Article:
Can You Spot the Maintenance Dirty Dozen? Let’s Find Out
by Jennifer Caron, FAA Safety Briefing Copy Editor
We all make mistakes. That’s just human nature. But the reality we face in this industry is that aviation is terribly unforgiving of human error. Even a slight mistake can cause a fatal accident. That’s why it’s important to know the Dirty Dozen — the 12 common causes of mistakes in the aviation workplace. You need to recognize their warning signs, and most importantly, learn how to avoid or contain their effects. You’ll find the Dirty Dozen list at bit.ly/DirtyDozn (PDF download).
Take our short quiz to see if you can identify some of the most common maintenance mishaps in the workplace. Good luck!
You’re working on the horizontal stabilizer leading edge and instruct your new coworker to move the stabilizer up using the trim switch. He actuates the trim switch to “nose up” and drives the leading edge into the maintenance stand. Was his mistake a result of:
C. A lack of communication
The answer is C. Communication between technicians is key, especially during procedures where more than one technician performs work on the aircraft. Never assume what a coworker will do or has done. Communicate the most important things in the beginning of the conversation and repeat them at the end. Use logbooks, checklists, or worksheets to remove any doubt.
Jill checks off an inspection checklist item because it’s not a critical component. She has never found any defects on all her previous inspections. Is this an example of:
C. Lack of knowledge
The answer is B. Repetitive tasks, especially inspection items, are sometimes overlooked because they’ve been done so many times before without ever finding a fault. But don’t let down your guard; stay mentally engaged. Train yourself to expect to find errors, treat all inspection items with equal importance, use checklists, and never sign off on work you didn’t do.
You’re cutting and twisting safety wire and your cell phone rings. It’s your doctor with test results. You take the call and leave the floor. Your coworker steps in to complete the task and finds your safety wire pliers left behind, sitting on the engine. This scenario is the result of:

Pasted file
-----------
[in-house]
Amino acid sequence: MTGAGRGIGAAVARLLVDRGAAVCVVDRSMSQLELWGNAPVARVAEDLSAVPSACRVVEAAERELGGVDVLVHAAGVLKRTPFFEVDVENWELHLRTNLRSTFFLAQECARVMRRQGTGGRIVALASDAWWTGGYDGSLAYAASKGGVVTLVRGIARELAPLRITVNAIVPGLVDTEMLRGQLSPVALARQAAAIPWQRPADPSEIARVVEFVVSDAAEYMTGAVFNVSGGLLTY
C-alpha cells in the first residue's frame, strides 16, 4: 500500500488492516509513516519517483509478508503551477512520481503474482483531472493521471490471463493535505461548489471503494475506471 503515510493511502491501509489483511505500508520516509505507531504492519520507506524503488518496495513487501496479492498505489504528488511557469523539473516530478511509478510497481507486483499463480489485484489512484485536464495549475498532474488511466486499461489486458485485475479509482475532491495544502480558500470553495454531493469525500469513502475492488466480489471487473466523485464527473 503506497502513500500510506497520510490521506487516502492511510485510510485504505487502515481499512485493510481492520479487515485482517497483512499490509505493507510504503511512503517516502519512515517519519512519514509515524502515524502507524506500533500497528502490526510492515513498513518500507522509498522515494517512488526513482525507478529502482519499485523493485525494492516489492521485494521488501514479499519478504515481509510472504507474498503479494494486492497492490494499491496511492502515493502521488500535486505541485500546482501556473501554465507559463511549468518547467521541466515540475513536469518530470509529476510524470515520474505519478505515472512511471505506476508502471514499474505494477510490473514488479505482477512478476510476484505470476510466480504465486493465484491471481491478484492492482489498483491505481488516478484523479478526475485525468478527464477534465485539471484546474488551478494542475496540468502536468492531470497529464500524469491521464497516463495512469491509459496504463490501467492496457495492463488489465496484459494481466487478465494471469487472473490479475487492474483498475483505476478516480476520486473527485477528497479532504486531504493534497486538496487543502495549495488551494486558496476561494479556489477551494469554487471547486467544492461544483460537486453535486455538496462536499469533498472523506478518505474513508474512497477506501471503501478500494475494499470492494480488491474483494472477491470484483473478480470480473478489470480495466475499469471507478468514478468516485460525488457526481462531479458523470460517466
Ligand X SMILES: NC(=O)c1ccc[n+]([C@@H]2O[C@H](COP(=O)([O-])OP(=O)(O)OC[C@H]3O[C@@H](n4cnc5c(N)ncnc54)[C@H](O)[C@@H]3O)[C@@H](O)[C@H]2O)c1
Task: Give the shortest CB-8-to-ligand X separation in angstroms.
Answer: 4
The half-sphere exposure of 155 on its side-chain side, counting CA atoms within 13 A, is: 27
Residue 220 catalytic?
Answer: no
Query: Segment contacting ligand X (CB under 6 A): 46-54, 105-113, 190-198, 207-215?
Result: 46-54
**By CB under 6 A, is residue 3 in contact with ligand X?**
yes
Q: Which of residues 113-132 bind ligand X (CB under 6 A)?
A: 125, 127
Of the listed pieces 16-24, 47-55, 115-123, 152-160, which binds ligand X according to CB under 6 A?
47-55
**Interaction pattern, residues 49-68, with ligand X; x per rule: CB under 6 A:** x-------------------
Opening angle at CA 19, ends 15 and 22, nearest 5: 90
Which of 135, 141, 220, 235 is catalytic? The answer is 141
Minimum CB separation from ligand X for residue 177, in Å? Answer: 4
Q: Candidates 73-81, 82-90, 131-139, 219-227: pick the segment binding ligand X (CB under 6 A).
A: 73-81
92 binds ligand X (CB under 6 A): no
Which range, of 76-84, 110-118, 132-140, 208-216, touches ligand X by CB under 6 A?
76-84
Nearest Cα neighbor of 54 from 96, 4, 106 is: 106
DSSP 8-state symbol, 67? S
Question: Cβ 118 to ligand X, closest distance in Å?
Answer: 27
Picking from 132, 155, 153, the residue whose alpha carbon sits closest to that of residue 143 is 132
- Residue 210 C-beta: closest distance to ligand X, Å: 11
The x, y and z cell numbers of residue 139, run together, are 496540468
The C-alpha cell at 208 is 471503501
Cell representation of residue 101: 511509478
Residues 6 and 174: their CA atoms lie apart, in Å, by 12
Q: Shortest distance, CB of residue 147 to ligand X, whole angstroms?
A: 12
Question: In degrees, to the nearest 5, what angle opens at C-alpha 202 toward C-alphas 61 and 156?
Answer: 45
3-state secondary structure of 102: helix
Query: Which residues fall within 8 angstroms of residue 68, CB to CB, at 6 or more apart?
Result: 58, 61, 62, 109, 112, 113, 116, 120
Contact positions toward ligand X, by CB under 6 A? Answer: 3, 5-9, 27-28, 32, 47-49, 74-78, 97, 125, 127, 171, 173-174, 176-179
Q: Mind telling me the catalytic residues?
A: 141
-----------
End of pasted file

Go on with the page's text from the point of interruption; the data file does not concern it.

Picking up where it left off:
The answer is A and B. Distractions are everywhere in aviation maintenance, and they’re the number one cause of forgetting things. You can’t always prevent distractions but you can mitigate the effects by trying to finish the job, including the lock wire or torque seal. If you can’t complete the job, unfasten the connection, mark it as incomplete for the next tech, or go back three steps when you restart the task. Shadow your toolbox for quick inventory of all equipment before closing up panels, use checklists, and review all items that were touched/opened/removed. Stress is a factor here too. It can change your focus and emotional state in the blink of an eye. As a good practice, keep your cell phone off during maintenance and check it only on breaks.
Your boss tells you the aircraft must be done two days earlier than originally planned. Is this an example of:
A. Lack of communication
The answer is C. Pressure to complete the task is always present in aviation. Don’t let pressure cloud your judgment or tempt you into lowering standards. Communicate your concerns or ask for help.
Did you pick all the right answers? Learning to recognize and combat the Dirty Dozen is an important step toward preventing errors and accidents. For more, check out the Dirty Dozen Course (ALC-107) or the Maintenance Error Avoidance course (ALC-327) at FAASafety.gov.
Jennifer Caron is FAA Safety Briefing’s copy editor and quality assurance lead. She is a certified technical writer-editor in the FAA’s Flight Standards Service.